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Pelvic Floor Dysfunction and Its Connection to Endo

In a prior post, I talked about the role of central sensitization in the development of chronic pelvic pain (CPP) in women with endo. I only made a passing reference to pelvic floor therapy, because I thought it and what it usually treats – pelvic floor dysfunction (PFD) – was a topic deserving of its own post.

What is the pelvic floor?

Our pelvic floors are home to a group of muscles that need to contract and relax in order to function- whether that be to defecate, urinate, have sex, or give birth. Unfortunately, these muscles can develop dysfunction, meaning they do not relax or tighten at the appropriate times. So, they have problems either relaxing or become too weak to do their job properly.

The consequences of pelvic floor dysfunction

Though both men and women can suffer from PFD, women are significantly more prone to it, probably due to the nature of our reproductive anatomy. When pelvic floor muscles are dysfunctional, it can lead to a wide range of issues, including painful sex, intestinal problems like constipation and diarrhea, urinary incontinence (or problems passing urine), and abdominal pain.1 It seems women with endometriosis are somewhat more susceptible to having and/or developing PFD than those without it. This might be due to the trauma and strain endometrial implants might put on pelvic organs.

My experiences

I was first diagnosed with PFD at the end of 2007. I had been experiencing frequency and urgency with urination and even occasional leakage when I did certain things like sneezed, laughed out loud or bent over.

At first, a doctor I visited told me my pelvic floor was too weak and suggested I do 50 Kegels a day and sent me on my way. That regimen, unfortunately, made everything much worse, to the point where I was full-out wetting myself. I sought a second opinion with a well-known uro-gynecologist. She gave me more thorough diagnostic testing, such as a cystoscopy and urodynamics testing. She saw my bladder was in a constant state of spasm and noted my pelvic floor was extremely tight. So, instead of emphasizing strengthening, she sent me to a program that focused on retraining my pelvic muscles to relax. Pelvic floor physical therapy was very helpful for me and not only resulted in relief from much of my bladder-related symptoms, but also my IBS and the general pelvic pain I had come to automatically assume was related to endo.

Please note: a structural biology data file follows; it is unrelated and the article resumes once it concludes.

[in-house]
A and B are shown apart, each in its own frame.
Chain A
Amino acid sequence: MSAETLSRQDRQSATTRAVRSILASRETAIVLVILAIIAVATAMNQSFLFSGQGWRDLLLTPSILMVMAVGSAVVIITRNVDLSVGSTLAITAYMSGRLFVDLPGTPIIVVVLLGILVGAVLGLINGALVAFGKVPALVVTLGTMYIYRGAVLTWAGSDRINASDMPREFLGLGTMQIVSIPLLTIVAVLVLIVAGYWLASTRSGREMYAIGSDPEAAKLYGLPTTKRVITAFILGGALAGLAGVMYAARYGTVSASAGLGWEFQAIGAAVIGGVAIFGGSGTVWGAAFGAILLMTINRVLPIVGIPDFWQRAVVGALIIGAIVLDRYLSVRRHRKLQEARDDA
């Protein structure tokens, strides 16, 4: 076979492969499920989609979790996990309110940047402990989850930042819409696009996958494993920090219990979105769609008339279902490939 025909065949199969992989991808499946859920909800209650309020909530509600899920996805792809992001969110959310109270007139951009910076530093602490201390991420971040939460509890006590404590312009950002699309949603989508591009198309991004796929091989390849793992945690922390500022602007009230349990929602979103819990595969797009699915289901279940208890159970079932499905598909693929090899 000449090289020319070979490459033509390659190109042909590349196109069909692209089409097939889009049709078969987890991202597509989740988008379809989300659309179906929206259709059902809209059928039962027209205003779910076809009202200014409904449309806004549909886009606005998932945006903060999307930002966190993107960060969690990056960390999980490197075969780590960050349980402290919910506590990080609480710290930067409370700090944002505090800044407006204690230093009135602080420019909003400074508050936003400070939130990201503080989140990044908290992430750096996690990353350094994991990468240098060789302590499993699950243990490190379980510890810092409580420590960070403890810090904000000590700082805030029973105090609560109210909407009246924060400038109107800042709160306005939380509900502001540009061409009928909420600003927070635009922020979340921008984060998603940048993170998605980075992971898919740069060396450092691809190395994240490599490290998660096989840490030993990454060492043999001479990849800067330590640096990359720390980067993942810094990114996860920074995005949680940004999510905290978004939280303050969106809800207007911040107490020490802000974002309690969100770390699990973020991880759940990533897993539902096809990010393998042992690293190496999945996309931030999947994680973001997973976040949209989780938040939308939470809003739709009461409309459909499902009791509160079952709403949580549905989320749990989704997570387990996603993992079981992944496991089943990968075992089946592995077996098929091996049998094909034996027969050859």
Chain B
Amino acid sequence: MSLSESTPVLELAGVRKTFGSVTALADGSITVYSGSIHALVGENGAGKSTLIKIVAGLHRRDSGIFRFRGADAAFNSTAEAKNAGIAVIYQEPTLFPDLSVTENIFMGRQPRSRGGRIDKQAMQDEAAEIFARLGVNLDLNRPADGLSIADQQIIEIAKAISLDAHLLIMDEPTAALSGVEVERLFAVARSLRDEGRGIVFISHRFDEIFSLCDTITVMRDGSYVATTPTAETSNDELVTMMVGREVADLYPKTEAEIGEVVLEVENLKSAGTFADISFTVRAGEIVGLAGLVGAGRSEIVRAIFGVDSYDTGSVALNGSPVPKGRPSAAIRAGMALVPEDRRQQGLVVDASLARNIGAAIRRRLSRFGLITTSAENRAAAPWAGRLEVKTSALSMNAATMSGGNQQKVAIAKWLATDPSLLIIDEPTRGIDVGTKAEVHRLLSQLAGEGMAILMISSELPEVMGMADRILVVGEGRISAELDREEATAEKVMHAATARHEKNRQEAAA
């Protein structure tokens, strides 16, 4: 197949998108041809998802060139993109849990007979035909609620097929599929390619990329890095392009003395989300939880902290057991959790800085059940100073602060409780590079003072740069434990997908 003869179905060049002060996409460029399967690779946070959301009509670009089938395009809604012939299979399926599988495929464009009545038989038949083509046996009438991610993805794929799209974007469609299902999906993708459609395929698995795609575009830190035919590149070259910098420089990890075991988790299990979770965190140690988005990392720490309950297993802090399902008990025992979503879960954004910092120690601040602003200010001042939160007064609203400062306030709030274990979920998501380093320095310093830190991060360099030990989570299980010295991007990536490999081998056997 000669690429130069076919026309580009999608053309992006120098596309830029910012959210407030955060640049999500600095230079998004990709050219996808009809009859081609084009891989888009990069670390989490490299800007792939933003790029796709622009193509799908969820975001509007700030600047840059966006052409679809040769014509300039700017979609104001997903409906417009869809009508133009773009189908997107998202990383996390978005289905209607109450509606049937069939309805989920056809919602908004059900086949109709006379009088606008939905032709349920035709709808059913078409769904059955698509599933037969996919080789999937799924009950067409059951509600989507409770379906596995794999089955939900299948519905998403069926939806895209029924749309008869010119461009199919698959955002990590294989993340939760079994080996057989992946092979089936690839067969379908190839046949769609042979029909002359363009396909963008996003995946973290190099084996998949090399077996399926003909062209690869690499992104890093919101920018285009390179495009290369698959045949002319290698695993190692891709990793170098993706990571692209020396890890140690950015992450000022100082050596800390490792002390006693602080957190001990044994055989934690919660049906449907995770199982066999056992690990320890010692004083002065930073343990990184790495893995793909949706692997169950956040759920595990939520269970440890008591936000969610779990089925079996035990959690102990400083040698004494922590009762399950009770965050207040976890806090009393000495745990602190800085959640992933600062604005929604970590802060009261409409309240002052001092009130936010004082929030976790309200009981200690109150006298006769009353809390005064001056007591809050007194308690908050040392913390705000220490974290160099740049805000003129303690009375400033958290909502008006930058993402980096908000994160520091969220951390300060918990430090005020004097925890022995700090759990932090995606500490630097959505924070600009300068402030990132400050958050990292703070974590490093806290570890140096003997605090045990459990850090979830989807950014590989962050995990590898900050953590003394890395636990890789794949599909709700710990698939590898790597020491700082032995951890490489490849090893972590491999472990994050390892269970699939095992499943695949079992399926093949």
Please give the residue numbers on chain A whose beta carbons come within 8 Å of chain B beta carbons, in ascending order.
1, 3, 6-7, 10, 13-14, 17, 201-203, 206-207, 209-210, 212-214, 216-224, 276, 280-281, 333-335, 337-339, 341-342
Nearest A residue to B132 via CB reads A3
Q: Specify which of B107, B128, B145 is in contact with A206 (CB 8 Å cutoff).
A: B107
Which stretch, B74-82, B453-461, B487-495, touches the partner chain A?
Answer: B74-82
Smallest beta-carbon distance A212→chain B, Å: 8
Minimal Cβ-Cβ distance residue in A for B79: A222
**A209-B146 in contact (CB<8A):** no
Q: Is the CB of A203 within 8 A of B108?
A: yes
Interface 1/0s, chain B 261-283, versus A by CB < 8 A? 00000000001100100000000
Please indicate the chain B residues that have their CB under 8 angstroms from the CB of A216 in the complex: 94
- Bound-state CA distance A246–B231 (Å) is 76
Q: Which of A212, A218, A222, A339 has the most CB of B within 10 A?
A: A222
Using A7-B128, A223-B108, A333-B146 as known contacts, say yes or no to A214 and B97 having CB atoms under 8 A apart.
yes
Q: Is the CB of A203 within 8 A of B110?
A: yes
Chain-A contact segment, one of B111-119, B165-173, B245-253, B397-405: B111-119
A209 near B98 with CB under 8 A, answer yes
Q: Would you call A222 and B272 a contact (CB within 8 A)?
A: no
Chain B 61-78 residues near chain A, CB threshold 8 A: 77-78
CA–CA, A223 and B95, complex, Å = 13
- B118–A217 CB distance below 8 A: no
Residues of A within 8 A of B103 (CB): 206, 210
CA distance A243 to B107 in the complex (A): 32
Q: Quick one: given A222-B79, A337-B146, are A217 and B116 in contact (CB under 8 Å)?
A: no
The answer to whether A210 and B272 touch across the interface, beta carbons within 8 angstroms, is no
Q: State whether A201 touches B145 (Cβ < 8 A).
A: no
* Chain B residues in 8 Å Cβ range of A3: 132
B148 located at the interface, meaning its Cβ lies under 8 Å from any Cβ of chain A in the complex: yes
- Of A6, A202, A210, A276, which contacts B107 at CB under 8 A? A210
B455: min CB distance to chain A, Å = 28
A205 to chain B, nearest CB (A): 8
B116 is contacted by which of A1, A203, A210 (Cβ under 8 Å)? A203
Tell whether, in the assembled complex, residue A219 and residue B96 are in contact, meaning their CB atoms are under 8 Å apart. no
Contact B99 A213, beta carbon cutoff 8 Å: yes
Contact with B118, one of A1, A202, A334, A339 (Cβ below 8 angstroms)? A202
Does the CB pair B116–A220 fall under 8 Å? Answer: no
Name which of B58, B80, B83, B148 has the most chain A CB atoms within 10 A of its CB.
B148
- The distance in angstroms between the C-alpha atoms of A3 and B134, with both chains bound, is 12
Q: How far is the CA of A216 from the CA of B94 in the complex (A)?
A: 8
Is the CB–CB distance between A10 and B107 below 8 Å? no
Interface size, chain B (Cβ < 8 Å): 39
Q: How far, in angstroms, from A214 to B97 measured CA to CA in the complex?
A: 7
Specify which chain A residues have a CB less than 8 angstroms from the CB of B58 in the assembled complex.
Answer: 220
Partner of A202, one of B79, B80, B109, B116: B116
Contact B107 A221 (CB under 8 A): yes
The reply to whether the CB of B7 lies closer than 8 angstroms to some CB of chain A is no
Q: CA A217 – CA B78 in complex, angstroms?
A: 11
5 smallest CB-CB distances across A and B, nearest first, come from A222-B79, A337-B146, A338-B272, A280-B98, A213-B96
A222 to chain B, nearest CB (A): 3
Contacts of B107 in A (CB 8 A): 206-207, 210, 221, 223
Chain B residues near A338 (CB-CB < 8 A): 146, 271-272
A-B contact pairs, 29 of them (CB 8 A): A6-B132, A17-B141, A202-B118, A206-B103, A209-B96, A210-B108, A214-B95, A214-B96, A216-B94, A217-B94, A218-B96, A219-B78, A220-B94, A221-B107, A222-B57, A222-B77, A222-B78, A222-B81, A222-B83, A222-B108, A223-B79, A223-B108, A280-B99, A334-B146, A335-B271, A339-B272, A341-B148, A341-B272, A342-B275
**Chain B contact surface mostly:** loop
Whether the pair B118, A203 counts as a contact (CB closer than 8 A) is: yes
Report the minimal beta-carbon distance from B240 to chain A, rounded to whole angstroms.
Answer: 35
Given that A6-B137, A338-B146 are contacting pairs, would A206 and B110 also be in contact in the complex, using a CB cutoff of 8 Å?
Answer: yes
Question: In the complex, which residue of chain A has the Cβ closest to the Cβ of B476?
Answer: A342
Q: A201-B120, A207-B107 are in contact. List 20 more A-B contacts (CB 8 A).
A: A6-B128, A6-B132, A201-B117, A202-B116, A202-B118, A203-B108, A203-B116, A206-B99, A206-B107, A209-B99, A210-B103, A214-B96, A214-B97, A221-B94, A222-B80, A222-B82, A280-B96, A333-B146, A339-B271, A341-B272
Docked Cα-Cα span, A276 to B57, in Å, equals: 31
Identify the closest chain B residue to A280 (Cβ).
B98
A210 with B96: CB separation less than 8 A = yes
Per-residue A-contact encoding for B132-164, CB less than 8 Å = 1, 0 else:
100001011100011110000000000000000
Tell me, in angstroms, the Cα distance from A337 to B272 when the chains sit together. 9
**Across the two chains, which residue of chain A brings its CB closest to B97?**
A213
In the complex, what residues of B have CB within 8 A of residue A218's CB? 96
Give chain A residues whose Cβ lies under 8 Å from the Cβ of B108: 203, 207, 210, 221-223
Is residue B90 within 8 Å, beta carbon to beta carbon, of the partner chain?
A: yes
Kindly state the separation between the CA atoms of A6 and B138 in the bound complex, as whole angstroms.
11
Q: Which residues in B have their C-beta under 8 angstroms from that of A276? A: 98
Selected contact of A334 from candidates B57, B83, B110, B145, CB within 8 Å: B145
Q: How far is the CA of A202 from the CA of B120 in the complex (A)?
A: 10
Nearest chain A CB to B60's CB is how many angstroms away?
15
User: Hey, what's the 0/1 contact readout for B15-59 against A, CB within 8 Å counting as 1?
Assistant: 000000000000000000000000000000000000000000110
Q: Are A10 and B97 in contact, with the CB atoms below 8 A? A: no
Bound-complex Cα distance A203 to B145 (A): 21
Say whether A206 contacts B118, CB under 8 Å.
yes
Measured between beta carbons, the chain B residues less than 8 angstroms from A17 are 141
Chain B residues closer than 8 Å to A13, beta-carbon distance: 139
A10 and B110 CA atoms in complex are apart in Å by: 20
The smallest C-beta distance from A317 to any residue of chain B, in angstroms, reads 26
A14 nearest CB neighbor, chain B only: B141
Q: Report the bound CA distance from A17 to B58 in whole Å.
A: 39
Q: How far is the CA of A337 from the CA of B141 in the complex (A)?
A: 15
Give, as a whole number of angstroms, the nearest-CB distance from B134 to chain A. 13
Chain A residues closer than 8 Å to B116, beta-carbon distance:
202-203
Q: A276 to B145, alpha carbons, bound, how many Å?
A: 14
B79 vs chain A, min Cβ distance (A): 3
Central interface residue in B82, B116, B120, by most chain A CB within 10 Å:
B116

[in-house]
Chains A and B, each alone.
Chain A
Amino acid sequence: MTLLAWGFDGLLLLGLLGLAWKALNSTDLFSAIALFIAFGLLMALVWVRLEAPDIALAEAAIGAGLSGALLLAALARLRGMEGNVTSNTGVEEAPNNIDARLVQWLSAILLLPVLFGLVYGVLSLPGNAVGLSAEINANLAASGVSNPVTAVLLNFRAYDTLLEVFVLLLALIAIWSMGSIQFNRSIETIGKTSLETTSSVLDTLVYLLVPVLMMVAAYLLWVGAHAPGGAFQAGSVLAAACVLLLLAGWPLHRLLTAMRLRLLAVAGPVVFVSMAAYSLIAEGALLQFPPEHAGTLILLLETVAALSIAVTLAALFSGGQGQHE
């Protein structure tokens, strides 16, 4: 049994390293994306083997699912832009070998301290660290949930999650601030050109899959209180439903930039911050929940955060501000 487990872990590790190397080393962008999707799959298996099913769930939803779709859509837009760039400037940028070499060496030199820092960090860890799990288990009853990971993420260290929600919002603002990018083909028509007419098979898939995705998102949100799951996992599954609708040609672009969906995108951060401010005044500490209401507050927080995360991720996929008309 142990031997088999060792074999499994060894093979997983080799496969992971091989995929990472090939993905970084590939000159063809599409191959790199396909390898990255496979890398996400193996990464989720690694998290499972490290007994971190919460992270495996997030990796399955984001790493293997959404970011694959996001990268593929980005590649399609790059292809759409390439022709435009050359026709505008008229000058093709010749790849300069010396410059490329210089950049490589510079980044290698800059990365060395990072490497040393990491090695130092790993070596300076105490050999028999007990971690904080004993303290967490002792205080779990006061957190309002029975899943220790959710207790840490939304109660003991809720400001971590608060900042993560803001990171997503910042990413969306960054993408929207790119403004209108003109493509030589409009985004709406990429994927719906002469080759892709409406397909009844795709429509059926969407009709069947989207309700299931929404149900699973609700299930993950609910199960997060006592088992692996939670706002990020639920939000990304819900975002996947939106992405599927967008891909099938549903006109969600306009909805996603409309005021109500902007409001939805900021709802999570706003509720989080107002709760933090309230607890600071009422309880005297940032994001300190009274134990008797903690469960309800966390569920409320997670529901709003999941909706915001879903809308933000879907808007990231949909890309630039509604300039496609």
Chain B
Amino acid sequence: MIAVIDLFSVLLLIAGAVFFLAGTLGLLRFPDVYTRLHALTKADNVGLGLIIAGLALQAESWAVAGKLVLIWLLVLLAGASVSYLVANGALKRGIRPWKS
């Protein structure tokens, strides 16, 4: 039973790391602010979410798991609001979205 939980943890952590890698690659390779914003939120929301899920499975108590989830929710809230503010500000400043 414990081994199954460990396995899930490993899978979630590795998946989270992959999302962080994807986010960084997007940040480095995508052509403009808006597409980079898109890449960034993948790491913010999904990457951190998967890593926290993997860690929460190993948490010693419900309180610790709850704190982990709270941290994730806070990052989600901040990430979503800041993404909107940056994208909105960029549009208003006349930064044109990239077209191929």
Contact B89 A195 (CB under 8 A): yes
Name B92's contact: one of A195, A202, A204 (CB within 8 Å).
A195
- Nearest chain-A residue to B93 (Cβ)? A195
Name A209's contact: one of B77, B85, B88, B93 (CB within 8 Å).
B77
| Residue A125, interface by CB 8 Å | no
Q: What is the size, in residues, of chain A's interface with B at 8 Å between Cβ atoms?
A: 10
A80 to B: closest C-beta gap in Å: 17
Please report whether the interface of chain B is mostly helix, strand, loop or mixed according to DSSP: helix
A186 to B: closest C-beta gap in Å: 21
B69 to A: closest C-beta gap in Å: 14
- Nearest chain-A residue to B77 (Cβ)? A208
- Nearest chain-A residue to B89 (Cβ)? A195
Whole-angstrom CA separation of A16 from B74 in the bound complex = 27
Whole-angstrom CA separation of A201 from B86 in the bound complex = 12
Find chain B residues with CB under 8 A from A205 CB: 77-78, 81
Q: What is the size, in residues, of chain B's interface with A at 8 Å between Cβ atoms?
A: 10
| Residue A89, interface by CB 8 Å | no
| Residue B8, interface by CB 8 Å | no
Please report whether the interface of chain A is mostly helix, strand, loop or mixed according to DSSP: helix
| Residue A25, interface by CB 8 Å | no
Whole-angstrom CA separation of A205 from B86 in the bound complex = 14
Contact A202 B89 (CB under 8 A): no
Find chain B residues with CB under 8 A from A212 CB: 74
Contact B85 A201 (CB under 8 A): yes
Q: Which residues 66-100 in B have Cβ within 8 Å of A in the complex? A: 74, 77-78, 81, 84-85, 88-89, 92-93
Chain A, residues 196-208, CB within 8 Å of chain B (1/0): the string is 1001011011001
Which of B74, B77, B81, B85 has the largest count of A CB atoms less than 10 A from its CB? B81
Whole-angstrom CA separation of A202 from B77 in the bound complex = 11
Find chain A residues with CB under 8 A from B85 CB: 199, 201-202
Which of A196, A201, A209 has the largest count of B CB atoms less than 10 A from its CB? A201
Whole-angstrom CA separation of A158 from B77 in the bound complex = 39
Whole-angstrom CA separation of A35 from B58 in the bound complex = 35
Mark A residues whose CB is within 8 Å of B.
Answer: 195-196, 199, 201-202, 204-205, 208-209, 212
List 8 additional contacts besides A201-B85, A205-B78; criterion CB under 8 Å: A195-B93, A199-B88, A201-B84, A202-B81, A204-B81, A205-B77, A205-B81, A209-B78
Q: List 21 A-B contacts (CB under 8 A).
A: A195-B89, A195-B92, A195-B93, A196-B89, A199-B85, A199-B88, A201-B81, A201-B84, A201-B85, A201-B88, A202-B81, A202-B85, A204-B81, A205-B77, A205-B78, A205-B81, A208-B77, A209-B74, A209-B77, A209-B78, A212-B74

Looking at the research

My anecdotal experience has some back-up from science… The National Institutes of Health co-sponsored a recent study that indicated that a myofascial source (that is, a pain in the muscles and fascia of the pelvis) “may contribute to endometriosis-associated CPP even after hormonal and surgical treatment has been undertaken”.2 As such, more doctors are looking into pain management options for endo that target myofascial pain. It noted that one study found that physical therapy focused on treating this kind of pain in endo sufferers can benefit approximately 63% of patients who seek it out.2

In considering a hysterectomy as treatment for my adenomyosis, I spoke with dozen women who already have had hysterectomies, several of whom underwent a program of pelvic floor therapy some months later and benefited from it enormously. So, it’s something I will be keeping in my back pocket should I experience enduring or worsening chronic pelvic after I have surgery.

For those of us with endo who continue to experience chronic pelvic pain even after exploring (or perhaps even exhausting) surgery and hormonal treatments, pelvic floor therapy and myofascial release may be other options to look into.

This article represents the opinions, thoughts, and experiences of the author; none of this content has been paid for by any advertiser. The Endometriosis.net team does not recommend or endorse any products or treatments discussed herein. Learn more about how we maintain editorial integrity here.

  1. Faubion S, Shuster L, Bharuchac A. Recognition and Management of Nonrelaxing Pelvic Floor Dysfunction. Mayo Clin Proc. 2012;87(2):187-193. https://www.ncbi.nlm.nih.gov/pmc/articles/PMC3498251/. Accessed September 4, 2019.
  2. Aredo J, Heyrana K, Karp B, Shah J, Stratton P. Relating Chronic Pelvic Pain and Endometriosis to Signs of Sensitization and Myofascial Pain and Dysfunction. Semin Reprod Med. 2017;35(1):88-97. https://www.ncbi.nlm.nih.gov/pmc/articles/PMC5585080/. Accessed September 4, 2019.

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